6. Done = the chick peas shrinking to half their size, and darkening without burning. If you see some of them start to flake off their outer shell and crisp, you are there. 

So now you have a choice - take them out of the oven when they are crispy on the outside and a little soft in the middle, or keep on cooking for another ~10 minutes to get them to be more like the texture of spicy Indian snack mix. I prefer them the first way, but the second is also great

7. Remove from oven and allow to cool in the pan. 
8. If you manage to not devour them immediately, store in an air-tight container. If you make them a few days ahead of time, they will get a little soggy. You can pop them back in the oven, or a toaster oven, for a few minutes on 400 until you hear them start to sizzle, remove, cool, and serve. 

Monday, July 9, 2018

gluten free, dairy free hot cross buns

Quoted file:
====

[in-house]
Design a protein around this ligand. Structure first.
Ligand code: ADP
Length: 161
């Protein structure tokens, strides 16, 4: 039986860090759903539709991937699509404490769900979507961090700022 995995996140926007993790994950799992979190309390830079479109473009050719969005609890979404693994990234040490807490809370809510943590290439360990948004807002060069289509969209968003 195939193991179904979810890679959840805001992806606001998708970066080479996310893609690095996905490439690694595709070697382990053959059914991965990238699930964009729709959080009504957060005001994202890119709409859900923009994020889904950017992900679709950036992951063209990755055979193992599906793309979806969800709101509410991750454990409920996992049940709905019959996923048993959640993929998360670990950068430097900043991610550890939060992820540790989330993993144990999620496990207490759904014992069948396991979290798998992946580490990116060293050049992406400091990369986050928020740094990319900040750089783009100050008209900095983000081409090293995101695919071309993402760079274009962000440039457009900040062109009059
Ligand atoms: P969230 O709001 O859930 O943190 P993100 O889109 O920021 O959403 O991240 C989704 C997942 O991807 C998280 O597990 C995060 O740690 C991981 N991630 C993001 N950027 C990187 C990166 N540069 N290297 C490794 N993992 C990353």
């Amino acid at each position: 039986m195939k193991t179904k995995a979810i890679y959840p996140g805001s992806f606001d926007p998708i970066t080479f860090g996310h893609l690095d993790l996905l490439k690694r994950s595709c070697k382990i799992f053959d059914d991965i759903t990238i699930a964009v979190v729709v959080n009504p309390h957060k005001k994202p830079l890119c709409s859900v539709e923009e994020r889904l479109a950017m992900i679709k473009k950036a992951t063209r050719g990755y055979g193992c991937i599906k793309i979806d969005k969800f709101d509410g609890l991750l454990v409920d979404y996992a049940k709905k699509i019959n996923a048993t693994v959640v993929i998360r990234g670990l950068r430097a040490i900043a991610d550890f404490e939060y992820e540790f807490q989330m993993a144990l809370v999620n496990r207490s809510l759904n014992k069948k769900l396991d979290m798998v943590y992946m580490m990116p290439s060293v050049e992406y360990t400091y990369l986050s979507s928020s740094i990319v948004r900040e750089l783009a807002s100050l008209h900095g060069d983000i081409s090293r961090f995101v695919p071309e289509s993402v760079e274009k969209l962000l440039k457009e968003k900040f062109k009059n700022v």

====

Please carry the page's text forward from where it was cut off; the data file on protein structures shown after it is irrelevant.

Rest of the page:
This is the closest I have come to a dairy-free brioche! I modified my brioche recipe to make a Greek Easter Bread and Hot Cross Buns. It worked well and my only complaint is that the buns/bread deflated a bit post-cooling. I would add a bit of psyllium husk next time and see if that helped create a more robust crumb. 

The buns were stellar, the Greek Bread had too much lemon oil, so I think it could work well if you just omitted that one pesky ingredient. This technique doesn't require an overnight proof, but I find it easier to work with dough that has rested and had the time to build it's yeasties, especially if it is cooler out. (The extra yeast also means more flavor, so if you can let this sticky mess rest!)

 dairy-free brioche dough
1 1/4 cup sweet rice flour
1/2 cup tapioca starch
1 cup arrowroot
1 1/4 cup corn starch
1 cup millet flour
3/4 cup potato starch
2 tbsp yeast
1 tbsp kosher salt
2 tbsp xathan gum
2  3/4 cup almond milk cup water